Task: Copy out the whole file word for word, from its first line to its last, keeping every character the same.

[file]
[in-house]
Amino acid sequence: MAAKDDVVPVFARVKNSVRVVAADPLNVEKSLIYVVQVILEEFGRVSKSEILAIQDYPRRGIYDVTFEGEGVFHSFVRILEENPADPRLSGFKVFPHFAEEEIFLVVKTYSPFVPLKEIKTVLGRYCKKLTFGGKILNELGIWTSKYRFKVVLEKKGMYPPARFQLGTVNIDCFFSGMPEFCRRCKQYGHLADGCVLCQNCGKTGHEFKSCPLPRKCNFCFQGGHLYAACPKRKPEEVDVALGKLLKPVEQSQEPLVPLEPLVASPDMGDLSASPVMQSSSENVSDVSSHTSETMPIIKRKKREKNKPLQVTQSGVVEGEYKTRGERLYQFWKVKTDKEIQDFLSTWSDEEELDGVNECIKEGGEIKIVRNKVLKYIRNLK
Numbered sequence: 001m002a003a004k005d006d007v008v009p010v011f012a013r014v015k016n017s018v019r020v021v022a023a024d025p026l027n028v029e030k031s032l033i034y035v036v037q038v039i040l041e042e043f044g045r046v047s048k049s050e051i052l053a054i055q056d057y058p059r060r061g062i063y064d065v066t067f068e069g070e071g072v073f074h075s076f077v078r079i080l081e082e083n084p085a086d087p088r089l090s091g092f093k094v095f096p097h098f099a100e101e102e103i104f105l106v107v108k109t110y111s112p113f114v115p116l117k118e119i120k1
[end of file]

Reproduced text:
[in-house]
Amino acid sequence: MAAKDDVVPVFARVKNSVRVVAADPLNVEKSLIYVVQVILEEFGRVSKSEILAIQDYPRRGIYDVTFEGEGVFHSFVRILEENPADPRLSGFKVFPHFAEEEIFLVVKTYSPFVPLKEIKTVLGRYCKKLTFGGKILNELGIWTSKYRFKVVLEKKGMYPPARFQLGTVNIDCFFSGMPEFCRRCKQYGHLADGCVLCQNCGKTGHEFKSCPLPRKCNFCFQGGHLYAACPKRKPEEVDVALGKLLKPVEQSQEPLVPLEPLVASPDMGDLSASPVMQSSSENVSDVSSHTSETMPIIKRKKREKNKPLQVTQSGVVEGEYKTRGERLYQFWKVKTDKEIQDFLSTWSDEEELDGVNECIKEGGEIKIVRNKVLKYIRNLK
Numbered sequence: 001m002a003a004k005d006d007v008v009p010v011f012a013r014v015k016n017s018v019r020v021v022a023a024d025p026l027n028v029e030k031s032l033i034y035v036v037q038v039i040l041e042e043f044g045r046v047s048k049s050e051i052l053a054i055q056d057y058p059r060r061g062i063y064d065v066t067f068e069g070e071g072v073f074h075s076f077v078r079i080l081e082e083n084p085a086d087p088r089l090s091g092f093k094v095f096p097h098f099a100e101e102e103i104f105l106v107v108k109t110y111s112p113f114v115p116l117k118e119i120k1